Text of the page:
The Cultural Landmark Twitter account shares their thoughts on why modern architecture is a problem

When you think of the most beautiful architecture in the world, your mind might immediately turn to the Baroque buildings of Rome, the Taj Mahal, or the Palace of Versailles. The ornate designs and excessive attention to detail are breathtaking. While it would certainly be a challenge to create masterpieces like those today, contemporary architects seem to have totally thrown in the towel.

Last week, Twitter account cultural teacher He went She rants in detail about the problems of modern architecture. From lacking aesthetics to focusing solely on cost-efficiency, they broke down precisely why modern structures leave so much to be desired. Below, you can read the culture teacher’s full thread, plus some of the responses he’s received, and decide for yourself what you think of architecture today. Then if you are looking for another Bored of the panda A piece marked by the failure of architecture, we’ve got the perfect list for you right here.

Last week, the cultural guru detailed on Twitter everything that is wrong with modern architecture

Image credits: Culturaltutor

Image credits: Culturaltutor

Image credits: Culturaltutor

They pointed out that their criticism is not related to the unique and contemporary buildings because they at least make bold choices

Image credits: Culturaltutor

Image credits: Culturaltutor

Image credits: Culturaltutor

Their real problem is the complete lack of beauty in many modern spaces

Image credits: Culturaltutor

Image credits: Culturaltutor

Image credits: Culturaltutor

Image credits: Culturaltutor

Image credits: Culturaltutor

Image credits: Culturaltutor

Image credits: Culturaltutor

Image credits: Culturaltutor

They went on to point out that these structures have become very ugly because cost efficiency is now the most important factor for city planners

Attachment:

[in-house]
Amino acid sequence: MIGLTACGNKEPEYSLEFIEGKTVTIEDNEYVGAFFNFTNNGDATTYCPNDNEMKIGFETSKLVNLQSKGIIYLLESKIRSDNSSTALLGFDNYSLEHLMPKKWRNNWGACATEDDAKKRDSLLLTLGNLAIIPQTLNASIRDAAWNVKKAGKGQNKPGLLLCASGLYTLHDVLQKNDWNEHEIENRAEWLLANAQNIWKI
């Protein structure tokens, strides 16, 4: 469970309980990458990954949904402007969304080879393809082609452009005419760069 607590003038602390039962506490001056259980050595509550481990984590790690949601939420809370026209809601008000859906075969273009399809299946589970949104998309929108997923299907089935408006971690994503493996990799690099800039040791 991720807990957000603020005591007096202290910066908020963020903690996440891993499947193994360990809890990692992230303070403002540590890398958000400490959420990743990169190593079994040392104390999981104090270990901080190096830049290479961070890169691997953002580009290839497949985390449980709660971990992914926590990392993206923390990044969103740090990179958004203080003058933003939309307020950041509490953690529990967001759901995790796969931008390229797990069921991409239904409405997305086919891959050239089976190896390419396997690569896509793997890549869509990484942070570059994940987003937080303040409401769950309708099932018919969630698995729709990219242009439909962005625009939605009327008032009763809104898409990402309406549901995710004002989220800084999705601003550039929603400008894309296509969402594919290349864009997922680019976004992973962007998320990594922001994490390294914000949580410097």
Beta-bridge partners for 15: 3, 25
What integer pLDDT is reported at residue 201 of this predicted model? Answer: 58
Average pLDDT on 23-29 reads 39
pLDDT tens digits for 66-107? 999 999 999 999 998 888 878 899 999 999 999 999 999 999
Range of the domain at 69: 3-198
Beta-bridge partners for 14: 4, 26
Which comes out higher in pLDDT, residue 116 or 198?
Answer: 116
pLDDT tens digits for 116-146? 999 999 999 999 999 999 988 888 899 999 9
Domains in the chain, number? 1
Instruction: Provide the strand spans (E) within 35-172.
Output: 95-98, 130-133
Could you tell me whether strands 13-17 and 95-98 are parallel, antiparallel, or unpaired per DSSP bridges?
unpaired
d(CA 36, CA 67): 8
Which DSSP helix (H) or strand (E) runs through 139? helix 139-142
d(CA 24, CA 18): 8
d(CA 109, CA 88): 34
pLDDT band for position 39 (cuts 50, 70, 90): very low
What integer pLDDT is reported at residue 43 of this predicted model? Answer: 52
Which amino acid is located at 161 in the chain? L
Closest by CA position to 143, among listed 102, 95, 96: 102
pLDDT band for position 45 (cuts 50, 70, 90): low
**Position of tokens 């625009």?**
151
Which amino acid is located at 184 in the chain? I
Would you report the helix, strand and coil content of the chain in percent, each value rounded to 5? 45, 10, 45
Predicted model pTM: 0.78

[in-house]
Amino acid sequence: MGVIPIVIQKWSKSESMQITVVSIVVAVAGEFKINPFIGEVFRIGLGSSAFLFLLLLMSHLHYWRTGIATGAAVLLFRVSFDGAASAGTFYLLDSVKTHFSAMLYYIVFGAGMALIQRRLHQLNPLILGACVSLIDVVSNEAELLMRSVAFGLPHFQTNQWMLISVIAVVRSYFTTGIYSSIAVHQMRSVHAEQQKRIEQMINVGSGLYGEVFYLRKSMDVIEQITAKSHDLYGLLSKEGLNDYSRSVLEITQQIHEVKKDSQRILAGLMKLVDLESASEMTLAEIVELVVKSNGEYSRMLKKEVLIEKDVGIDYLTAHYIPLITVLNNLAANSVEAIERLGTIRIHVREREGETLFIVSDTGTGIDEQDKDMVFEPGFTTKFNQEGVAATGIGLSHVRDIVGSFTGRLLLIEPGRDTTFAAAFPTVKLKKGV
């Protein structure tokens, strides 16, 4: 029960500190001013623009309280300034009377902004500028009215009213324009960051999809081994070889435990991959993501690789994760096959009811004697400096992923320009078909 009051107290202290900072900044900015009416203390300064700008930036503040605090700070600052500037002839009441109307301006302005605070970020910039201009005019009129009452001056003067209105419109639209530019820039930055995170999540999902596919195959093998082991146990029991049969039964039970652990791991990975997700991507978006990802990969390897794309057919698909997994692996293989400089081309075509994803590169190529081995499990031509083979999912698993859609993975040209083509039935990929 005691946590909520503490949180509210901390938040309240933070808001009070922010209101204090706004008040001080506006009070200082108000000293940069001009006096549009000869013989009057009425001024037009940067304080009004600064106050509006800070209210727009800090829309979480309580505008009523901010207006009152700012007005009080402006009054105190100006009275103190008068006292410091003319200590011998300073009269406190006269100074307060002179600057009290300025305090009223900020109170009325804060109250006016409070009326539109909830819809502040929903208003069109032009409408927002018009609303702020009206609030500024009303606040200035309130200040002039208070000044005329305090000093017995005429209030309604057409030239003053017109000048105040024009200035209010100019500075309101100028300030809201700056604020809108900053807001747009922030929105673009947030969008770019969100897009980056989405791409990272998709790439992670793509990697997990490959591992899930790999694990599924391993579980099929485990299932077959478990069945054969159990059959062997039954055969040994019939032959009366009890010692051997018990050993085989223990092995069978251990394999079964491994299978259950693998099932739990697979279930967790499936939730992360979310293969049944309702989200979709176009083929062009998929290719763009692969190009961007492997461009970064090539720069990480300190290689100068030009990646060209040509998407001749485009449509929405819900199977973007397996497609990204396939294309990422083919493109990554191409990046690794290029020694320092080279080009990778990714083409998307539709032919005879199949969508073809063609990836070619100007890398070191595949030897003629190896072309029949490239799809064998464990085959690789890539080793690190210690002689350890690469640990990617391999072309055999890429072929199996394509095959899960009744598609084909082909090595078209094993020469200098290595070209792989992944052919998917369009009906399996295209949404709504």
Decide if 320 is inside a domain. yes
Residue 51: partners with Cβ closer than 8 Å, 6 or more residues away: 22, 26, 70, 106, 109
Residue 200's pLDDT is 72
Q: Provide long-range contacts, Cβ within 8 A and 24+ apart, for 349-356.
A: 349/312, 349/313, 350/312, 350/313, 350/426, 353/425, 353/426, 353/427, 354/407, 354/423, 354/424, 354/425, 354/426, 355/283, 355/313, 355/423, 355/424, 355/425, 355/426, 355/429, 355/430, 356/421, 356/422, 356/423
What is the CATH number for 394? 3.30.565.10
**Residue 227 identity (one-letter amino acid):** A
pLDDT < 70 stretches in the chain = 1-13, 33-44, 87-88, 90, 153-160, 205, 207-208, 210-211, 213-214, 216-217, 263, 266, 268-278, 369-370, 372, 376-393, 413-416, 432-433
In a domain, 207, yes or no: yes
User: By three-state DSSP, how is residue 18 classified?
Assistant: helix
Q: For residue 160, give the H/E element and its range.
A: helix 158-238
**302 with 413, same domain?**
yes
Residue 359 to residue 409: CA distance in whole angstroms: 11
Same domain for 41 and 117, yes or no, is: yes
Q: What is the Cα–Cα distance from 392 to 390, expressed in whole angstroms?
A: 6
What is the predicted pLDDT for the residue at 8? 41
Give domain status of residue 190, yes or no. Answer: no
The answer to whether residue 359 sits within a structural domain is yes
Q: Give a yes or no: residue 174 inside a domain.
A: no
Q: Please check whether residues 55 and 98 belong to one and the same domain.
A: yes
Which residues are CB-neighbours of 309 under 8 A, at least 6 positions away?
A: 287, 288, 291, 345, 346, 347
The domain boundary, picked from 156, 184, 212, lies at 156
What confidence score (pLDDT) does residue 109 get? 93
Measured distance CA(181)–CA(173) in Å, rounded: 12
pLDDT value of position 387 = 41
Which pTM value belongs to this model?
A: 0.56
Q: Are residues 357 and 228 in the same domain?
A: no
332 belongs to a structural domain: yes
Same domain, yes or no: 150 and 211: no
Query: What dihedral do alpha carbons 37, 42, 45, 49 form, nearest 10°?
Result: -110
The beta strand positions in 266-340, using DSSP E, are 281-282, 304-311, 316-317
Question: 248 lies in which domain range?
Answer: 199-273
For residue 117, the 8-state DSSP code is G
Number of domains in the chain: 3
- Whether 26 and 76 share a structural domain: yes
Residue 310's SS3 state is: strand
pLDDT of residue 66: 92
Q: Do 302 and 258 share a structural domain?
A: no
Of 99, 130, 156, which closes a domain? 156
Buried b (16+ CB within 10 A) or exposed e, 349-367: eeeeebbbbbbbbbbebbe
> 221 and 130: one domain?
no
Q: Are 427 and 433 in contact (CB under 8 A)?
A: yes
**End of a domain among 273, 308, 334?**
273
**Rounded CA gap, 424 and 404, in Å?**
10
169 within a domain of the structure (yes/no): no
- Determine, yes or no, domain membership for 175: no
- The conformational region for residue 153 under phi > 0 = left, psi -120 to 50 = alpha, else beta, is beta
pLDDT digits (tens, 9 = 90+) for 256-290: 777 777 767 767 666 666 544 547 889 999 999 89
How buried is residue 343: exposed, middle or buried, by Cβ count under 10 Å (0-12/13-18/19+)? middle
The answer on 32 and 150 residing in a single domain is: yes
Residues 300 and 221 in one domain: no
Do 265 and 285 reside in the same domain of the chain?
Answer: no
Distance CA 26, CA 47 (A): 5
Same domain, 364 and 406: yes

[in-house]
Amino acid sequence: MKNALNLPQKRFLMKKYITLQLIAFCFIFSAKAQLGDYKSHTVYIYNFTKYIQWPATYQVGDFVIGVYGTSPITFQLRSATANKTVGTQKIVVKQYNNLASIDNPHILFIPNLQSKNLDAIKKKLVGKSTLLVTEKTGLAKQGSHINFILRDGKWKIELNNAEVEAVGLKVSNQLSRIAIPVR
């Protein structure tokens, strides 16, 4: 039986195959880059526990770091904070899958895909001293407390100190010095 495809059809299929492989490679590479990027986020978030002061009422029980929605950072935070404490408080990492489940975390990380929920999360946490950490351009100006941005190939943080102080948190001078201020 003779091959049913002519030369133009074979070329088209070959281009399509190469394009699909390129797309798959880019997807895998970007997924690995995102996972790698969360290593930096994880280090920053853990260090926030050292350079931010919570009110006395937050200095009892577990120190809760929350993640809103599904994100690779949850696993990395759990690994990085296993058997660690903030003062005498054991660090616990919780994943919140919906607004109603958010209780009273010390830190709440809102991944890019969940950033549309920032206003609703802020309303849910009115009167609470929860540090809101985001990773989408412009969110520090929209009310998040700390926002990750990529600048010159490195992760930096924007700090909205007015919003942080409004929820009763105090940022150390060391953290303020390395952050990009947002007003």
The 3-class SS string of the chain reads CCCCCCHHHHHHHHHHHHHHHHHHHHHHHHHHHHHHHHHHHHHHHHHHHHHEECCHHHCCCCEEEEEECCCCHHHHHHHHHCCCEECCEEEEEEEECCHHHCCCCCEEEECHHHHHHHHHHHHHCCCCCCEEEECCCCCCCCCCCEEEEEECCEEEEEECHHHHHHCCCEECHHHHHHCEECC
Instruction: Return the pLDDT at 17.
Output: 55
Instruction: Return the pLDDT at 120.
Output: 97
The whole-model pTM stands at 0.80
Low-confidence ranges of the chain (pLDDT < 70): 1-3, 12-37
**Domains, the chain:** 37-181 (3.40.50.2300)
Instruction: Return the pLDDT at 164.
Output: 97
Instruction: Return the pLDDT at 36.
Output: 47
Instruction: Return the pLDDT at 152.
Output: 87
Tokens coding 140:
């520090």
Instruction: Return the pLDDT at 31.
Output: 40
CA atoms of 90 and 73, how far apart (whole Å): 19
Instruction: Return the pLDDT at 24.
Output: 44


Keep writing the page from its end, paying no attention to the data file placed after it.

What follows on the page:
Image credits: Culturaltutor

Image credits: Culturaltutor

Image credits: Culturaltutor

So when did architecture become so sterile? Have we all woken up one day and suddenly every office and school is filled with white ceiling tiles and painfully bright fluorescent lights? Some of the responses to the cultural tutor’s rant on Twitter mention that people nowadays simply don’t appreciate beauty as much as we used to, but I think we just got used to being surrounded by ugly structures. I think if we were presented with the option of replacing all our trash cans and street lamps with more aesthetically pleasing options, most of us would seize the opportunity. Especially in places like office buildings, where many of us spend forty hours a week, it would be nice to see some beautiful artwork or bold lighting fixtures, rather than a sea of ​​fluorescent lights and beige walls.

Image credits: Culturaltutor

In fact, the most beautiful office can Increase productivity and improve our well-being. arrive to natural light The ability to see Artwork on the walls At work it makes us more comfortable, less stressed and therefore more efficient. Even displaying a few plants in an office space can go a long way, as one Harvard University paper It found that employees working in “green” offices had poorer cognitive performance than others working in more traditional settings. So if you’re working in a beige room, try throwing in some fresh flowers, artwork, or succulents to liven up the space a bit.

Image credits: Culturaltutor

Just because white ceiling tiles and gray carpet have become something doesn’t mean we have to accept them forever. The cultural guru pointed out some of the ugly features of modern cities, like boxes and street lamps, that most of us don’t even notice have faded into the background of what we see every day, but now I can’t help but be disappointed that our city planners and designers gave us the bare minimum. We’d love to hear your thoughts on modern architecture in the comments below, and if you know of any examples of particularly interesting modern spaces, feel free to share them with your fellow pandas.

Twitter users responded with a common disappointment in modern architecture and their own theories about how we got to this point

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